Image Derek Vanetti, aka The Homeless Gospel Choir, is a storytelling acoustic-folk-punk singer who weaves issues like terrorism, materialism and consumer greed between personal topics on his new album I Used to Be So Young.

The new record was released on A-F Records and was produced by Anti-Flag's Chris #2. Punknews staffer Max Qayyum caught up with Derek to talk about his new record, his views on the state of punk music and explanations of the topics he discusses on the new album.

You can click read more for the conversation.


How would you describe the new record?
A car crash of ideas to music by someone affected by a neverending religious war. Or punk.

The new record deals with a multitude of political and personal issues. What are the major themes?
The major themes in this record revolve around how we all are directly affected by what is constantly put in front of us. Whether it be war, religion, fame, power or whatever distracts us from being at peace inside of our own identity. I wanted to address the idea that there is no normal -- there is no right answer for everyone -- no one-size-fits-all solution. That we all have our own minds to make up in whatever fashion suits us best. I guess an overarching theme is dealing with the fact that for my entire adult life, America (my country of origin) has been involved in a religious war, which dictates much of our decision-making process. I reference Jesus, war and death a lot. It's the same kinda shit you would see if you just turned on the news. I guess I just wanted to offer a different angle on it.

Who are your main influences?
I'm a huge fan of any kind of music that has something to say. I'm a huge Bob Dylan, Billy Bragg and Woody Guthrie fan when it comes to acoustic singers who all have a lot to say. But I also love Rage Against the Machine, American Nightmare and The Clash for the same reasons, they are strong lyrically and take me to a place where I don't feel so lonely.

Do you see yourself as a protest singer?
I see myself more as conversationalist.

How do you feel about the state of punk at the moment? Do you feel a sense of apathy in the wider punk scene regarding political issues?

I love the punk scene more today than ever before. I love the way kids are starting bands in every style and genre. Maybe we are just lucky here in Pittsburgh, but there are amazing punk bands here doing great things every night of the week, for whatever kind of punk music you prefer. And of course, I still love that the OG punk rock bands with something to say are still out touring and writing music: Subhumans, Paint it Black, Strike Anywhere, on and on.

One of the most interesting songs on the record is "When the War is Over." Tell me a bit about the meaning of that song?
"When the War is Over" is a song about a series of conversations I had with friends and strangers about post-war experiences. Not everyone who goes off to war knows what they are going to come home like. We have teenagers in this country who don't know what it's like to live in a time of peace. We have veterans being forced onto the streets, committing suicide at an alarming rate, and a government that is doing little to nothing to aid in the pain of what it's like to live with constant war in your mind. I wanted to paint a picture of the conversations I had with some of the men and women who served in the military, who have come home to a government who has already forgotten their service. I would like to also say that I am NOT anti-soldier! I am very much anti-war and very much anti any government that sacrifices the lives of their own people for financial gain and political power. These men and women need a safe place to come home to without fear of homelessness, joblessness and financial ruin.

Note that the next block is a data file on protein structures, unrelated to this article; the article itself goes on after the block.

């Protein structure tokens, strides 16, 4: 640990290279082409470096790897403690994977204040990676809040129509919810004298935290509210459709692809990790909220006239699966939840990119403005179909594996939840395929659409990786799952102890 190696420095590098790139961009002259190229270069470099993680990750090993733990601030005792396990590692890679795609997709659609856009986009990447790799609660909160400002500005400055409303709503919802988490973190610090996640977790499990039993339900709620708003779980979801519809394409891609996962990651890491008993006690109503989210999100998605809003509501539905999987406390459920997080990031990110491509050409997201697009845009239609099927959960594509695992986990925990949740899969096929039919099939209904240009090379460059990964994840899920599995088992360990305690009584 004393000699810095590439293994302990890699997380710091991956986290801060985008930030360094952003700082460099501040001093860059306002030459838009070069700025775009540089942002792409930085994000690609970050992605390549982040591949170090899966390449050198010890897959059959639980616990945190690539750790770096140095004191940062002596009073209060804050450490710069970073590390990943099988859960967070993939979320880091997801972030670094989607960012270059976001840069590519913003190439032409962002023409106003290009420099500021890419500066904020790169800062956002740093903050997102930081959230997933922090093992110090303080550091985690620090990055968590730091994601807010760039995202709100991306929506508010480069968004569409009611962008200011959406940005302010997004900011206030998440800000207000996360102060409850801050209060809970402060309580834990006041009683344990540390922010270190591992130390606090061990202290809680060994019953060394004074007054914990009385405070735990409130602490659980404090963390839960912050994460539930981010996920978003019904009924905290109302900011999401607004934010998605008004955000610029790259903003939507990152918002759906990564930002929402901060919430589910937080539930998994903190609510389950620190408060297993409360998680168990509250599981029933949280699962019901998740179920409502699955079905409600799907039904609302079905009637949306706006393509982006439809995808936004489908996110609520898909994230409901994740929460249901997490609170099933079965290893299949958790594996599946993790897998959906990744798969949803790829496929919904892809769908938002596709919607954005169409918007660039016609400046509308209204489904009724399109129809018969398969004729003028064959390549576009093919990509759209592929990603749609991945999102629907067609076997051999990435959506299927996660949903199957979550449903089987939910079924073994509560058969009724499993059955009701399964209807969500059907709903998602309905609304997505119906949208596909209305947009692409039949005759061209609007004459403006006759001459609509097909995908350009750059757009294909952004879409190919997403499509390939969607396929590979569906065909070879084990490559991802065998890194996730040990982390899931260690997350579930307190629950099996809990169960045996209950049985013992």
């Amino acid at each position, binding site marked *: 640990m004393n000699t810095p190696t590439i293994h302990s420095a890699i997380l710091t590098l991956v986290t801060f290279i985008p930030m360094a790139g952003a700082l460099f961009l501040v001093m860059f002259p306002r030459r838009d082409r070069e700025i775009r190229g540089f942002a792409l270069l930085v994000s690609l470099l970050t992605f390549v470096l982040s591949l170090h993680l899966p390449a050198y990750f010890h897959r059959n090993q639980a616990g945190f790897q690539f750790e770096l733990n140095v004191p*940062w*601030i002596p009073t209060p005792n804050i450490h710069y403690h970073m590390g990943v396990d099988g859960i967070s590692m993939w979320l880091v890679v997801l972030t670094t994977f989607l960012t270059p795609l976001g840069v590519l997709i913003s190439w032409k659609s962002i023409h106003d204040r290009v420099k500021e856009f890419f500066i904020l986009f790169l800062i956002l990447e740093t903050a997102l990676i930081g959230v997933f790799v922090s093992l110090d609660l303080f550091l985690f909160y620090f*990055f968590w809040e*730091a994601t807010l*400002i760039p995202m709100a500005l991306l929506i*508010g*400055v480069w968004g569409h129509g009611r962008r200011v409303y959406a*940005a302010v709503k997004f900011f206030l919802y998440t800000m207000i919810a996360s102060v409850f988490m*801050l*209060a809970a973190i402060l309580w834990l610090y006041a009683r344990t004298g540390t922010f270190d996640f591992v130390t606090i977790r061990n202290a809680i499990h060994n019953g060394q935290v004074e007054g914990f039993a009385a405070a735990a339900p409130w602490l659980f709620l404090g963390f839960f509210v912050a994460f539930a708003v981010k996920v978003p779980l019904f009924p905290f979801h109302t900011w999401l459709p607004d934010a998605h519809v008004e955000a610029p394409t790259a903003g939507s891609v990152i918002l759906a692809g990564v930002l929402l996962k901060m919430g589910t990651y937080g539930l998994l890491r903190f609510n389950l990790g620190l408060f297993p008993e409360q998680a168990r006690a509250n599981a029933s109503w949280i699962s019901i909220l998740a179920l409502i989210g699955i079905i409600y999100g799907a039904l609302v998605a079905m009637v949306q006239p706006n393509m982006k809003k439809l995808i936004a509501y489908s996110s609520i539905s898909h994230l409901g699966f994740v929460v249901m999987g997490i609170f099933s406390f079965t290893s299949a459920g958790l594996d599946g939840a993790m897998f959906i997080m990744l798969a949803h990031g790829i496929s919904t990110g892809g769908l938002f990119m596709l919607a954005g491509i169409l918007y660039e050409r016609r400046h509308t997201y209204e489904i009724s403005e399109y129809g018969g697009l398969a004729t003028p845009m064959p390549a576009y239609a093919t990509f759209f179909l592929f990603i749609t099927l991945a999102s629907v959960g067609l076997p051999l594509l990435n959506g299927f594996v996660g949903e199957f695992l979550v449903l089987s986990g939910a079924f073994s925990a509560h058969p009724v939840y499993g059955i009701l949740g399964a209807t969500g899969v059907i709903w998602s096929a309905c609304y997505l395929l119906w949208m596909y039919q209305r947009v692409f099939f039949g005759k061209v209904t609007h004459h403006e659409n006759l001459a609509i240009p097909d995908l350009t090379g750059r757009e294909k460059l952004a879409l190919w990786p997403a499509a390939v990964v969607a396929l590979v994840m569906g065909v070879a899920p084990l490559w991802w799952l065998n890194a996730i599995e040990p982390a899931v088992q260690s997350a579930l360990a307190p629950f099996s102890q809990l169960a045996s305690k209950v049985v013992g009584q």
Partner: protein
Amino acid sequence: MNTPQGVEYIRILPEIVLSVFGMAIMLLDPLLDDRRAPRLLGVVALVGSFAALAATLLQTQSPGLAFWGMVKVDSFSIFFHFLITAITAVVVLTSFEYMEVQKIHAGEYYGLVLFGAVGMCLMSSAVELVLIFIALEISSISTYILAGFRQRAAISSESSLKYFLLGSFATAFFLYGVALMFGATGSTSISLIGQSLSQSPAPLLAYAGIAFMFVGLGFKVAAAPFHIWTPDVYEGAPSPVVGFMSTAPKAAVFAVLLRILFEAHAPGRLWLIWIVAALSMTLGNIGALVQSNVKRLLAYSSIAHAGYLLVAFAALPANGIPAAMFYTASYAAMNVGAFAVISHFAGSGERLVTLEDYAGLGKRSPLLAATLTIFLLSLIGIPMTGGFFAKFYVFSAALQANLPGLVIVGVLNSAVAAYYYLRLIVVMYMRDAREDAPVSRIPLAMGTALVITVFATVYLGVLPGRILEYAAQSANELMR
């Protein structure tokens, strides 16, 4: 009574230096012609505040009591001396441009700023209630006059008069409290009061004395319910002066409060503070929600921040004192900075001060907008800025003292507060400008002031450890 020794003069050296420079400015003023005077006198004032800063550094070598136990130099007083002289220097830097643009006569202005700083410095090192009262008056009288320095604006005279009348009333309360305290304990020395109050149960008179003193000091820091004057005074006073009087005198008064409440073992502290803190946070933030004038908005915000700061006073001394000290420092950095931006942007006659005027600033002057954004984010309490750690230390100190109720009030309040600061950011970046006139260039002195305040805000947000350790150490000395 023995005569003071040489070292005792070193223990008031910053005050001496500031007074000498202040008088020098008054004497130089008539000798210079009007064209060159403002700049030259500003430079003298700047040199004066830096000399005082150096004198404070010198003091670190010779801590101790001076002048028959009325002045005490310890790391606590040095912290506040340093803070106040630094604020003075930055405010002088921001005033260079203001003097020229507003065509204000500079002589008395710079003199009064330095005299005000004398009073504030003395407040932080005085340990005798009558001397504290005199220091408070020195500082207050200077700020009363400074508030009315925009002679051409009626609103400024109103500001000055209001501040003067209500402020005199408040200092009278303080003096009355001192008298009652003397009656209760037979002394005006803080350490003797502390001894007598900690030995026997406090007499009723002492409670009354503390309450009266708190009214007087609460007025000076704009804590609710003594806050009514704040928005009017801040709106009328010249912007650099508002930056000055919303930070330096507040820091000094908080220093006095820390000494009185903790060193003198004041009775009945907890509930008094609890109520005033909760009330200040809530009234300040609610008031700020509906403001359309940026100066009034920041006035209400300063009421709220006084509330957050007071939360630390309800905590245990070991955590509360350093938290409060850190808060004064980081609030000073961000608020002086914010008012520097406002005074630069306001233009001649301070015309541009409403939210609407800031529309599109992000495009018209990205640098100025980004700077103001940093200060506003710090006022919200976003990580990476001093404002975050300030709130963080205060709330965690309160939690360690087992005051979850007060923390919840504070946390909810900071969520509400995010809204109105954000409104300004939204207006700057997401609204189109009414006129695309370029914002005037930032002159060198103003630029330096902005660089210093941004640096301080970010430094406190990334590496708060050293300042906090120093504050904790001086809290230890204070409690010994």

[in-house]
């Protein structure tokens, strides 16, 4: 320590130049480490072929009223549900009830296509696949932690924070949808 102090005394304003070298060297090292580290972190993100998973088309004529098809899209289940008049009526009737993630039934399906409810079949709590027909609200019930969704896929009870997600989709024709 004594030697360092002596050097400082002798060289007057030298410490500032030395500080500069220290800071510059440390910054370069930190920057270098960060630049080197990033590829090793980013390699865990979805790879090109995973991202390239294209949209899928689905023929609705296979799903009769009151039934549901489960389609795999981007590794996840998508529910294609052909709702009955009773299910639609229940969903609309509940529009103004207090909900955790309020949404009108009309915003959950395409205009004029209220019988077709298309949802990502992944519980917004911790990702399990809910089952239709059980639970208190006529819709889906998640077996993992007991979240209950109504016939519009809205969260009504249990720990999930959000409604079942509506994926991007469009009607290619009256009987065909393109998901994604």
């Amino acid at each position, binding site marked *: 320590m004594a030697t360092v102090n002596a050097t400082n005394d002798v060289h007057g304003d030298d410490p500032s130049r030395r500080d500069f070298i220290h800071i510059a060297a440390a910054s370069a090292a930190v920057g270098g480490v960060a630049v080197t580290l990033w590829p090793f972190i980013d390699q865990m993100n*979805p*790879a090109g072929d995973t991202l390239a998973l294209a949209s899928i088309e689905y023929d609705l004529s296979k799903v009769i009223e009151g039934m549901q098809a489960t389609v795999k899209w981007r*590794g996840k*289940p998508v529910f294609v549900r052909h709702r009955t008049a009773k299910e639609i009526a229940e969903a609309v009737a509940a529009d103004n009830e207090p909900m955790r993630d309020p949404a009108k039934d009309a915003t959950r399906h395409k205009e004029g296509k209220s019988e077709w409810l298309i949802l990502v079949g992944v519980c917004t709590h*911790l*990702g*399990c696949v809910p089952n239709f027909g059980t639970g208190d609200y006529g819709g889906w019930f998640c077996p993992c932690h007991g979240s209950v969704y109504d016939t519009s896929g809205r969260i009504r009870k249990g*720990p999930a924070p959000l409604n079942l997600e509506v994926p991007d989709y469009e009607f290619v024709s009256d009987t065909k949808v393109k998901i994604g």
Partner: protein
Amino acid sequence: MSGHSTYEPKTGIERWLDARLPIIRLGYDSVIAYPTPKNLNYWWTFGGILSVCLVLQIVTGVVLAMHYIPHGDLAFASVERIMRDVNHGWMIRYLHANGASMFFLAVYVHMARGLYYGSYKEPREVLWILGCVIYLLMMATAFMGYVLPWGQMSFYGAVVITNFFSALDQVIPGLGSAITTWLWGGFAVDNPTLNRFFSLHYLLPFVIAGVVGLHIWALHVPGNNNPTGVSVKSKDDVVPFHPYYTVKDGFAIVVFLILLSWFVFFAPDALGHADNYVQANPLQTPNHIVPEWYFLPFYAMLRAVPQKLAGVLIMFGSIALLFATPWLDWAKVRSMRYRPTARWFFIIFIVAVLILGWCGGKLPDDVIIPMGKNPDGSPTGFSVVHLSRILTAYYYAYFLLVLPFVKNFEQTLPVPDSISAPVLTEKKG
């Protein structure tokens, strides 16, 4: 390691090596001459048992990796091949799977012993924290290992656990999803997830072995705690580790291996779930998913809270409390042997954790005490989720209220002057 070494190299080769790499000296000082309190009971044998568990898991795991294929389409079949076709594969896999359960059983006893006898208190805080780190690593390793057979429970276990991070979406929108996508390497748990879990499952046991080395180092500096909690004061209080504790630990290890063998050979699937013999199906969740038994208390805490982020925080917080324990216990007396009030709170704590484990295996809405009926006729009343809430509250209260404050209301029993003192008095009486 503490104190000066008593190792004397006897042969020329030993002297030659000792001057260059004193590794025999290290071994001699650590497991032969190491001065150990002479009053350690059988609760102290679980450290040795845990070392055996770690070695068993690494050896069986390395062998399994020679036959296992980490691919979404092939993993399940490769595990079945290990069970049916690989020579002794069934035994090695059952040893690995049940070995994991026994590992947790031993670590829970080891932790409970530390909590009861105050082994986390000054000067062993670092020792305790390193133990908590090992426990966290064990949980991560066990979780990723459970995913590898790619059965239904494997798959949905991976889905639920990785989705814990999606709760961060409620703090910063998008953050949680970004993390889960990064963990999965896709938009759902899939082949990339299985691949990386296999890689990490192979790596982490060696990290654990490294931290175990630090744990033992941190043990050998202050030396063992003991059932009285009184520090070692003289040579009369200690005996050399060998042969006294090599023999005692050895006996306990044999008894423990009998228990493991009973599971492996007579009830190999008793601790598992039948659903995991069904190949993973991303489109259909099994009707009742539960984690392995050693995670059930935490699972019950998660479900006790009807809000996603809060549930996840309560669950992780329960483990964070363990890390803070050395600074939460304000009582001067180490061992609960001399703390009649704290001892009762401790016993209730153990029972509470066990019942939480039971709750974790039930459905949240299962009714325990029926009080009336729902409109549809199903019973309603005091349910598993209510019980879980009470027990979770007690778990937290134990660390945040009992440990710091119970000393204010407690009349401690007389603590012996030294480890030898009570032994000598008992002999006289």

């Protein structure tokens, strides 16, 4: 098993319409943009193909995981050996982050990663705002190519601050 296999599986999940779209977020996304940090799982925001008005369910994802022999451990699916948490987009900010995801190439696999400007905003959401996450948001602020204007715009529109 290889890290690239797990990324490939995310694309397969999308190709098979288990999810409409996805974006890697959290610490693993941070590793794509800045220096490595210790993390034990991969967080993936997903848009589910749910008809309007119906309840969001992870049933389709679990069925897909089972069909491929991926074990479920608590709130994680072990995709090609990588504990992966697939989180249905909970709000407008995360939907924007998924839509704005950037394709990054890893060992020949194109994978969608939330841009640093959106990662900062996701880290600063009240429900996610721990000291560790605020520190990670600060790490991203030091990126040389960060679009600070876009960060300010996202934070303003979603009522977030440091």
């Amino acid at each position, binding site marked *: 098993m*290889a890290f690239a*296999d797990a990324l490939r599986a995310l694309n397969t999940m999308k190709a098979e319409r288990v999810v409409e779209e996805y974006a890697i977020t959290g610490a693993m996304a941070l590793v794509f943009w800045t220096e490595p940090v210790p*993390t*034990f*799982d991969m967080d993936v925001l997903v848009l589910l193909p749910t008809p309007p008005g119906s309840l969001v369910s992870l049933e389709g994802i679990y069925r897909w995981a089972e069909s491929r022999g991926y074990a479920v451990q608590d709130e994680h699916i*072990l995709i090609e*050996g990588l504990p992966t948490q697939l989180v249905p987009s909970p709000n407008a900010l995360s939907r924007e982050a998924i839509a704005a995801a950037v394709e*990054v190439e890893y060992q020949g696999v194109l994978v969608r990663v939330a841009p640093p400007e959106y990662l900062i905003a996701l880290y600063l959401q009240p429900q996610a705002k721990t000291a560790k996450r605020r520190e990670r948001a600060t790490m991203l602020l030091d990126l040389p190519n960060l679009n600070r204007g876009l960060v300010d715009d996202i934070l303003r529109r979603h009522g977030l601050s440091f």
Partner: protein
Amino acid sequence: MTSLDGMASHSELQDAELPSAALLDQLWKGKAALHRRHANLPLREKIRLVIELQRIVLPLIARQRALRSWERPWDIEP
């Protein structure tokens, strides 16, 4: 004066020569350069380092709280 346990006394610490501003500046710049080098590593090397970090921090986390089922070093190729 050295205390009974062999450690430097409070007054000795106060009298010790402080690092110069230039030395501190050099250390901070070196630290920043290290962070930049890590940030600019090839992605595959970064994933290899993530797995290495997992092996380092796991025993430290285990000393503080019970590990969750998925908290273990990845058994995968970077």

The new album was produced by Christ #2 of Anti-Flag. How was that experience?
Chris #2 is an amazing musician, producer and friend. I consider myself to be fortunate that Chris and the rest of the Anti-Flag and A-F dudes liked my tunes enough to want to put out my record. Chris #2 was able to take the ideas in my head and help form them into a much bigger idea. It's always nice to hear that people like your music and I was super fucking stoked that Anti-Flag wanted to work with me. So yeah it's pretty dang exciting.

How did you come to know the Anti-Flag guys and sign to A-F records?
I first met Justin Sane at an acoustic house show in Pittsburgh that the Ghostwrite put on to raise awareness about mountain-top removal in West Virginia about four or so years ago. I met Chris #2 through White Wives around the same time. #2, Massie and Tyler (from White Wives) play in a Green Day cover band, and asked me to open a show they were playing. After I played my set, #2 approached me and said he wanted to talk about us making music together, he said he loved my tunes and wanted to put out my next record. Chris Stowe (A-F records' big boss) and I had played acoustic shows together in the past, and had built a solid friendship over the years. Also Roger Harvey and Chris #2 played White Wives songs at my wedding over a year ago. White Wives are my wife's favorite band, so that was special.

What are your plans for the rest of the year?
This next year is looking great. I leave for tour in a few days until the end of July. I have two awesome record release shows planned in Pittsburgh with Ramshackle Glory, Listener and '68. I'm sorting out Europe right now for this fall and I have a ton of weekend trips planned. I'm super excited for folks to hear these songs live!


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